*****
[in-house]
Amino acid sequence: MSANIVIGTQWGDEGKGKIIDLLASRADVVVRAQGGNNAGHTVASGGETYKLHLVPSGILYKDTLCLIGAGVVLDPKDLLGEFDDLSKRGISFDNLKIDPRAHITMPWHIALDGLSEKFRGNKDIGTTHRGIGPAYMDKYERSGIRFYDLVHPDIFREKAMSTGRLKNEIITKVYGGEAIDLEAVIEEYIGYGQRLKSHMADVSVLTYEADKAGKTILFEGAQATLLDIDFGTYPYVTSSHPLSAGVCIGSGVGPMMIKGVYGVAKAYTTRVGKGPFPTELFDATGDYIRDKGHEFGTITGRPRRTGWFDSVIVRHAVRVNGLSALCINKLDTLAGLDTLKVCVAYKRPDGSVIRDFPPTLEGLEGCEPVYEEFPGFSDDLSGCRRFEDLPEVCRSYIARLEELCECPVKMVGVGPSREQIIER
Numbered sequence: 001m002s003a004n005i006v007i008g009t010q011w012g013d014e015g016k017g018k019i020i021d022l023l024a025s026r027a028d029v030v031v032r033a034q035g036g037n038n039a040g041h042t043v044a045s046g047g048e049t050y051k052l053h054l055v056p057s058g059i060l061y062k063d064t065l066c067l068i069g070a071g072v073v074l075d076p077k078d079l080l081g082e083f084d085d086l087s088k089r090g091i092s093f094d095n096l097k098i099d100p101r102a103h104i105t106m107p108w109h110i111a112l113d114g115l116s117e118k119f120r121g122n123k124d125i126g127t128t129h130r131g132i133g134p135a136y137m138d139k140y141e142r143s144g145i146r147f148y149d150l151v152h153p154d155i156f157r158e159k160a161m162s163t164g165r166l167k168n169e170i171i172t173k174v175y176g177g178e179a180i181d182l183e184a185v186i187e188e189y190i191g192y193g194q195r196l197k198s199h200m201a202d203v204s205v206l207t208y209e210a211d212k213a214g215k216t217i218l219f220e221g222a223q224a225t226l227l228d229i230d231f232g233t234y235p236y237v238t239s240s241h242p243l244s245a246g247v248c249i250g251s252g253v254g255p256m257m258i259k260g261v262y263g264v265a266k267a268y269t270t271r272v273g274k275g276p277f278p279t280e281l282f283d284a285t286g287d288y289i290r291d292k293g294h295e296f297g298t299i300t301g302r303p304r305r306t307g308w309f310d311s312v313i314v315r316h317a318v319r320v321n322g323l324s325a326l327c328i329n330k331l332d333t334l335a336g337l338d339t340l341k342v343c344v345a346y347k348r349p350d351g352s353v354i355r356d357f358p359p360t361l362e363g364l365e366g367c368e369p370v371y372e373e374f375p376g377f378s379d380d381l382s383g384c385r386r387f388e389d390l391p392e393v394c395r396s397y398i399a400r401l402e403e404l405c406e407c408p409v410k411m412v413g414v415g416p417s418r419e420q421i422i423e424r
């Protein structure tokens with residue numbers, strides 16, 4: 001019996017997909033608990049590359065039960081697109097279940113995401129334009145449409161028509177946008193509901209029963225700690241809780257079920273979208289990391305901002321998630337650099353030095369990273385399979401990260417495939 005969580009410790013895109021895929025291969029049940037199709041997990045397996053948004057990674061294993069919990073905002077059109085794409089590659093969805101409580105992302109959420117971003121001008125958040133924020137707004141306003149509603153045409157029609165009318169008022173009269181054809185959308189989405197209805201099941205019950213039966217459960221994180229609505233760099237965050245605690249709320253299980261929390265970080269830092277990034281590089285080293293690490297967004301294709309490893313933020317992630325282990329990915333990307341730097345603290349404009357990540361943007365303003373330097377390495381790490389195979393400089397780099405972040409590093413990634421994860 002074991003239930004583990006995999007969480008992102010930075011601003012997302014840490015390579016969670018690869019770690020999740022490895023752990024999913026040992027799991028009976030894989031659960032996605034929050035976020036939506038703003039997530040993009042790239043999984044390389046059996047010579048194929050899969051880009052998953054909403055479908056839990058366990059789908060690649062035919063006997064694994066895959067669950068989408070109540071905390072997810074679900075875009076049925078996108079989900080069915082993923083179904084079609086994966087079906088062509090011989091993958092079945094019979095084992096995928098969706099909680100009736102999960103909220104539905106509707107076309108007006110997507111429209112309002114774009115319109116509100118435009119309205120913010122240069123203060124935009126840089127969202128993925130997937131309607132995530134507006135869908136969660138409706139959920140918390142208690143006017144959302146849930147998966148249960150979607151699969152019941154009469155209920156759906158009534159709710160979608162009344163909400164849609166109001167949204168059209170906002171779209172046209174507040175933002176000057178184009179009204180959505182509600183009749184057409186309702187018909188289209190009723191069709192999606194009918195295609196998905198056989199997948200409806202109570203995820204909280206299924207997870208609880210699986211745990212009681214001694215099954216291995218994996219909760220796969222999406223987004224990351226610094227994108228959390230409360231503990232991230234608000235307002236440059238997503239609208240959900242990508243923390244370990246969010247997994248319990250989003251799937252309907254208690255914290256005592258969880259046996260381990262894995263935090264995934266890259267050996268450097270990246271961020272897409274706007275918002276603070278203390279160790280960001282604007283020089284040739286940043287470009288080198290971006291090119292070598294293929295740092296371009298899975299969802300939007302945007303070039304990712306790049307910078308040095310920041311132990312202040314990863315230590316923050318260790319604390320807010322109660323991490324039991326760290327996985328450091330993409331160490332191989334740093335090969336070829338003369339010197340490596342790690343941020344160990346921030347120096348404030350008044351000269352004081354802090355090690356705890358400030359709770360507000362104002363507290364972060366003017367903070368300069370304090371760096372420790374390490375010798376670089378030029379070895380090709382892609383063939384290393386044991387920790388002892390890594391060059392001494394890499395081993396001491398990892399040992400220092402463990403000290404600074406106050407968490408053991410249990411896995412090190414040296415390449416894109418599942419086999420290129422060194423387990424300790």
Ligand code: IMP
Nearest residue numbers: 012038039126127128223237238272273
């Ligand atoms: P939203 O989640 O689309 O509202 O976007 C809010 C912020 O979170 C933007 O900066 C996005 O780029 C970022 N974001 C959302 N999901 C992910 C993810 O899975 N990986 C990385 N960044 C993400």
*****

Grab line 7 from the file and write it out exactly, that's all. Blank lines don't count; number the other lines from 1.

């Ligand atoms: P939203 O989640 O689309 O509202 O976007 C809010 C912020 O979170 C933007 O900066 C996005 O780029 C970022 N974001 C959302 N999901 C992910 C993810 O899975 N990986 C990385 N960044 C993400």